May 10, 2019
Vancouver, British Columbia – Canada has some of the most spectacular coastlines in the world, and our oceans are home to marine life of many kinds, including the iconic Southern Resident killer whale. These awe-inspiring mammals are celebrated by British Columbians and all Canadians and hold significant cultural meaning for coastal First Nations.
However, Southern Resident killer whales are at risk. The population is small and declining, with only 75 individuals, and they are exposed to a number of serious threats.
The Government of Canada has formally recognized that these whales face imminent threats to survival and recovery – and we understand that saving these iconic mammals requires comprehensive and immediate action.
Through initiatives included in the $1.5B Oceans Protection Plan and more recently in the $167.4M Whales Initiative, we have taken significant steps to address key threats to the Southern Resident killer whales. Measures have been focused on addressing the three key threats to these whales: limited availability of their prey; physical and acoustic disturbance, and contaminants in the marine ecosystem. In October 2018, the Government announced a further investment of $61.5M over 5 years to address the threats to Southern Resident killer whales.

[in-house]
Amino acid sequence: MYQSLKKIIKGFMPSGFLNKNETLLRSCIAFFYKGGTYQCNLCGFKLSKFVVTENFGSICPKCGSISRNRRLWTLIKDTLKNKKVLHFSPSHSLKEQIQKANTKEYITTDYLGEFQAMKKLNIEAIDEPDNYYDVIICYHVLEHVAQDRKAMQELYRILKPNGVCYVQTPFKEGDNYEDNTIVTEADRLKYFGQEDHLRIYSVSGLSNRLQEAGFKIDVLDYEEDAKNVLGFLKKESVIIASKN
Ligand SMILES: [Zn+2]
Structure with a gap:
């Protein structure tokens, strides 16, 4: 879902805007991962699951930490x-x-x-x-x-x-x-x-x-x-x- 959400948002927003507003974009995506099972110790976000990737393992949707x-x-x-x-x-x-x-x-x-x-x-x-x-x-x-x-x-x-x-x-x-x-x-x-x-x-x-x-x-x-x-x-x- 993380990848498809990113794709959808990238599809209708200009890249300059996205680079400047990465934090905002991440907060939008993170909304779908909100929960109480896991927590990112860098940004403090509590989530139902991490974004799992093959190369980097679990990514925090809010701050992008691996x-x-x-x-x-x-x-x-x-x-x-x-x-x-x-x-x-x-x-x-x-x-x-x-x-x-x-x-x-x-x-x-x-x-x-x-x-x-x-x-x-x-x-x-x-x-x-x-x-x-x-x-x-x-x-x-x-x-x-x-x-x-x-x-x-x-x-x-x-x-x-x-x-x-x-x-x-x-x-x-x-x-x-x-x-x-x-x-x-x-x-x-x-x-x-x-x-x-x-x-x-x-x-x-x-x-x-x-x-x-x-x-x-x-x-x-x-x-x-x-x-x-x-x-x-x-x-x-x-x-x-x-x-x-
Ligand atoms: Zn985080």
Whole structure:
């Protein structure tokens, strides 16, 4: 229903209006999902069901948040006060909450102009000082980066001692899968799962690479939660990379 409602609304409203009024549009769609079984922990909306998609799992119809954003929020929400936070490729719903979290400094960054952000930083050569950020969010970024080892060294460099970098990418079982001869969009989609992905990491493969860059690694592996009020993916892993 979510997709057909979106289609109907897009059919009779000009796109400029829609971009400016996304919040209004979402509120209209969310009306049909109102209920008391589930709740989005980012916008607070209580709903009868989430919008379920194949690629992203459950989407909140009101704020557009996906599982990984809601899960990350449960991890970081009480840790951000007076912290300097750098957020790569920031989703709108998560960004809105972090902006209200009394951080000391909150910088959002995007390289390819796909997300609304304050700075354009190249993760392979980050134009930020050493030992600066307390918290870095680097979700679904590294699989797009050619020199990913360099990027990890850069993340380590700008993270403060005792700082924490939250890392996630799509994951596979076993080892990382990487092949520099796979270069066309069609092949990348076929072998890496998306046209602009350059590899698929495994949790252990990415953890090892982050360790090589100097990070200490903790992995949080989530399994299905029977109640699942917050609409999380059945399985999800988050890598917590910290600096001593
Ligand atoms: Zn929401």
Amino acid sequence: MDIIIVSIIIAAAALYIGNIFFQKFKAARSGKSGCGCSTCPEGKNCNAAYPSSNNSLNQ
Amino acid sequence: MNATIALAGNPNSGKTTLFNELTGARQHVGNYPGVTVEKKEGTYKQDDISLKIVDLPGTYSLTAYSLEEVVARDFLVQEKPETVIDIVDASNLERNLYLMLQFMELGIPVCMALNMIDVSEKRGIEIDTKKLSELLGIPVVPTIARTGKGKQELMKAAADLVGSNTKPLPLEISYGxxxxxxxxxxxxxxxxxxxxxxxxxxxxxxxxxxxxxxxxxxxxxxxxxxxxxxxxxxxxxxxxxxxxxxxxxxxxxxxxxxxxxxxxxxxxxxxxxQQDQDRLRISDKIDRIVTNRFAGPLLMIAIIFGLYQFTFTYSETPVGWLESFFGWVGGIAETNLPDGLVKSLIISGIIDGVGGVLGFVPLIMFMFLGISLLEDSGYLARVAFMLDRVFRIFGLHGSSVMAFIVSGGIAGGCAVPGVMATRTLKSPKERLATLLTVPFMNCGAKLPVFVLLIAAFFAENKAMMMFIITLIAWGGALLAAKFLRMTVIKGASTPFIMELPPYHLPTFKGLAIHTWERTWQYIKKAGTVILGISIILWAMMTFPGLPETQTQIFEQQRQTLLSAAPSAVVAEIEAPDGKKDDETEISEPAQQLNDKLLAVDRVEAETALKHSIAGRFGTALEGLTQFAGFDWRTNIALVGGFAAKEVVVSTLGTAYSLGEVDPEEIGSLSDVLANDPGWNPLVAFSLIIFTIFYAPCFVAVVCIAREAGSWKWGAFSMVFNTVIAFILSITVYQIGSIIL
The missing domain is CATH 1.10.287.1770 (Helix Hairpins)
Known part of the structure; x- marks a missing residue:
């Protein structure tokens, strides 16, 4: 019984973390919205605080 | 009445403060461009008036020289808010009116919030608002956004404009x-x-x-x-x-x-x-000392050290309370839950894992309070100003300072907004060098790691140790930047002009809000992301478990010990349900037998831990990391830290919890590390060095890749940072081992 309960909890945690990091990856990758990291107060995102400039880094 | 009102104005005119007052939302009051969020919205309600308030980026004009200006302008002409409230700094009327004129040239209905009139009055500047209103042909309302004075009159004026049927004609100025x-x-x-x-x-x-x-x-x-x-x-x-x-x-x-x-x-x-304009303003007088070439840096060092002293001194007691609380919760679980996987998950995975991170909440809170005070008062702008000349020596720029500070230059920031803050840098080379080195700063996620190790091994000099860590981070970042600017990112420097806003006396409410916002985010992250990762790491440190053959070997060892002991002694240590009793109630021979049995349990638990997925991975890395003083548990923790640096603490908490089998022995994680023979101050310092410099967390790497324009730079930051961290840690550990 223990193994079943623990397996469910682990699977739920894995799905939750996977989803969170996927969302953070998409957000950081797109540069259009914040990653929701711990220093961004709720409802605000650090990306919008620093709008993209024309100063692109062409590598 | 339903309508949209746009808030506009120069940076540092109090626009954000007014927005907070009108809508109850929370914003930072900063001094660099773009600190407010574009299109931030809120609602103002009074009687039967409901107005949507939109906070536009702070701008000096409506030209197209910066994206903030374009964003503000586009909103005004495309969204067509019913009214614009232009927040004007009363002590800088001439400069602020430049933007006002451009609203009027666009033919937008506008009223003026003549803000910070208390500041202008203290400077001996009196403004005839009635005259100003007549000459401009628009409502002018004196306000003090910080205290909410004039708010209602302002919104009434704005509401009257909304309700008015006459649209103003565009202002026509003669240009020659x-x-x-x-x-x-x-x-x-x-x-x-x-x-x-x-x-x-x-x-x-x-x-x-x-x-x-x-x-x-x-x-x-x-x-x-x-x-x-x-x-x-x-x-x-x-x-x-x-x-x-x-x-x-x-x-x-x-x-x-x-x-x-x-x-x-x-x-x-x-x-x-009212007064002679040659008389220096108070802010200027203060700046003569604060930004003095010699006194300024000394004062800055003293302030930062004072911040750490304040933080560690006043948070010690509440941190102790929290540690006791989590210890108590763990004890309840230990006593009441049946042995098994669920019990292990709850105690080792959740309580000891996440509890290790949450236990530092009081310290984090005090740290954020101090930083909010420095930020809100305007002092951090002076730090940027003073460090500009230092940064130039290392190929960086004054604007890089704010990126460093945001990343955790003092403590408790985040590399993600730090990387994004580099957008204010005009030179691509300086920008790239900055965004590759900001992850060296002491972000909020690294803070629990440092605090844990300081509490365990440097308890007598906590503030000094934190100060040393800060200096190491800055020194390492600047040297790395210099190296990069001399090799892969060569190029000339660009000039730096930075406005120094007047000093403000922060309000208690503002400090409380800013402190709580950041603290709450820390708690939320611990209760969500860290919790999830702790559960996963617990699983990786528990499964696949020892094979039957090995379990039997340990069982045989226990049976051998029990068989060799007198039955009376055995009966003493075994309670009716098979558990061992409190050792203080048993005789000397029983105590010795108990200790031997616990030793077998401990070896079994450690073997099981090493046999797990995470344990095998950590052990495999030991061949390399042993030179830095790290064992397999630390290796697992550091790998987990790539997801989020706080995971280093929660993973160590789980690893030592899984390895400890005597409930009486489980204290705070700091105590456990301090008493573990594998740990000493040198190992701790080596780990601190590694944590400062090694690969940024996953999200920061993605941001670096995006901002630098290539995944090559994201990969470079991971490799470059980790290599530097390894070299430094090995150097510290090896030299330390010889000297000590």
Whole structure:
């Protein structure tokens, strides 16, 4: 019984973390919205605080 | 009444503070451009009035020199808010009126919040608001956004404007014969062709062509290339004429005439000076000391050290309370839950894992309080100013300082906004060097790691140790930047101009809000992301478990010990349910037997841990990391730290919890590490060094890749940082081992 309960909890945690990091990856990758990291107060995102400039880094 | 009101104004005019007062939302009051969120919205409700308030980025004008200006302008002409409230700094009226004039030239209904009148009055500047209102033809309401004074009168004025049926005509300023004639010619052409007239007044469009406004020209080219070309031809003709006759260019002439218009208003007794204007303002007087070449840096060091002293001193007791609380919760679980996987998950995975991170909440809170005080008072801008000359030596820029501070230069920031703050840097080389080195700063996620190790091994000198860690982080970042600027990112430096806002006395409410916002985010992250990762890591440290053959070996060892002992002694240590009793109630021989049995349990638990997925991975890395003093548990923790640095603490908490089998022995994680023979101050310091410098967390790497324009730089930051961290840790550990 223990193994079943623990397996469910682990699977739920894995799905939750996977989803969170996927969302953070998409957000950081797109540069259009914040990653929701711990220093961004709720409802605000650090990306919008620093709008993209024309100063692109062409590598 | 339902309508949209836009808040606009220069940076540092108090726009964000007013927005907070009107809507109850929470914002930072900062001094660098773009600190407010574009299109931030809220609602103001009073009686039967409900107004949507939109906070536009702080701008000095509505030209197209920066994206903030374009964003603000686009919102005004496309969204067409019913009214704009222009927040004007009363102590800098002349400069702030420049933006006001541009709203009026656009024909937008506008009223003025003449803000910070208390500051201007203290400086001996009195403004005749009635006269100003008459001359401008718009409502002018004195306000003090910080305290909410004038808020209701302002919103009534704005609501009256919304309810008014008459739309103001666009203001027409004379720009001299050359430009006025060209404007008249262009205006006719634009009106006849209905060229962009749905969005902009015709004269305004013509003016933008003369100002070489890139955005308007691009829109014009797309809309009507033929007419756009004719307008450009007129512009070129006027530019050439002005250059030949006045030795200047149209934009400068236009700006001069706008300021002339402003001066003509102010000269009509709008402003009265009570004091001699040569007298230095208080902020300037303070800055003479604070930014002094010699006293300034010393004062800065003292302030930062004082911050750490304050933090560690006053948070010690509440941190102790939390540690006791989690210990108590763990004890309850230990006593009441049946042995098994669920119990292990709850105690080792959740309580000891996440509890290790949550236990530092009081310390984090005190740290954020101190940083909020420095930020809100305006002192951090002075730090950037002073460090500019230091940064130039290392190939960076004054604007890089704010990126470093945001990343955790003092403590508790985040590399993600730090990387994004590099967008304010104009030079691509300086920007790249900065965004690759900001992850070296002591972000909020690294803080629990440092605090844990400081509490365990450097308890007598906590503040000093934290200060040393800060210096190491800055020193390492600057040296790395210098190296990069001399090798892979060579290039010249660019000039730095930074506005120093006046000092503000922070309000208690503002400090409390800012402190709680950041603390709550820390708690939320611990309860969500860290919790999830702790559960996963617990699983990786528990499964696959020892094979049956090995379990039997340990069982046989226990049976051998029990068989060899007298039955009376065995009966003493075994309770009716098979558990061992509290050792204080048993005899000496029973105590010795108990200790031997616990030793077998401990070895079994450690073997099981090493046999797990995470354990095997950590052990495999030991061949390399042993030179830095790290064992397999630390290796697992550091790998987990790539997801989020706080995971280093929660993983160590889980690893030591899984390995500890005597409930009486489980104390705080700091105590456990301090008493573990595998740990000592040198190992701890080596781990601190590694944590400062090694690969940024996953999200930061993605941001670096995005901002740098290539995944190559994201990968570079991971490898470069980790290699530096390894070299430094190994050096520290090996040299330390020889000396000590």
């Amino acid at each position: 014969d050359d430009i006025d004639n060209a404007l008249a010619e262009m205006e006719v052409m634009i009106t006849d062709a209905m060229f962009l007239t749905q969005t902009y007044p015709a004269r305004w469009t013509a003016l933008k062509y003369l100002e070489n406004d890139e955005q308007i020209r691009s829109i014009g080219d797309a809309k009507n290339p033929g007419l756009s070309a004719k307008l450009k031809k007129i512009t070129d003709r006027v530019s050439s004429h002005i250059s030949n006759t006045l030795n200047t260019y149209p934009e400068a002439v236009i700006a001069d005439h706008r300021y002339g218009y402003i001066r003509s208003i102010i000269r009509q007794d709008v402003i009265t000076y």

Today, the Minister of Fisheries, Oceans and the Canadian Coast Guard, the Honourable Jonathan Wilkinson, and the Parliamentary Secretary to the Minister of Transport, Terry Beech, announced enhanced measures – building upon existing measures – to support the recovery of the Southern Resident killer whales.
These enhanced measures announced today were informed by direct consultations with First Nations, stakeholders and communities. These measures are also the product of significant work done by five technical working groups comprised of First Nations, government and scientific and stakeholder advisors. These working groups were convened to discuss measures that had previously been introduced and to provide advice to the Government of Canada regarding what should be done going forward to assist with Southern Resident killer whale recovery.
Enhanced measures for 2019 include:
- Prey – In 2019 we are moving forward with area-based closures in for recreational and commercial salmon fisheries in several key foraging areas, and the pilot implementation of a voluntary bubble in the vicinity of killer whales. The focus of prey-related initiatives is on ensuring there is sufficient food for the Southern Resident killer whales to remain healthy. The 2019 measures build on experience gained from measures introduced in 2018 as well as significant input received from interested parties.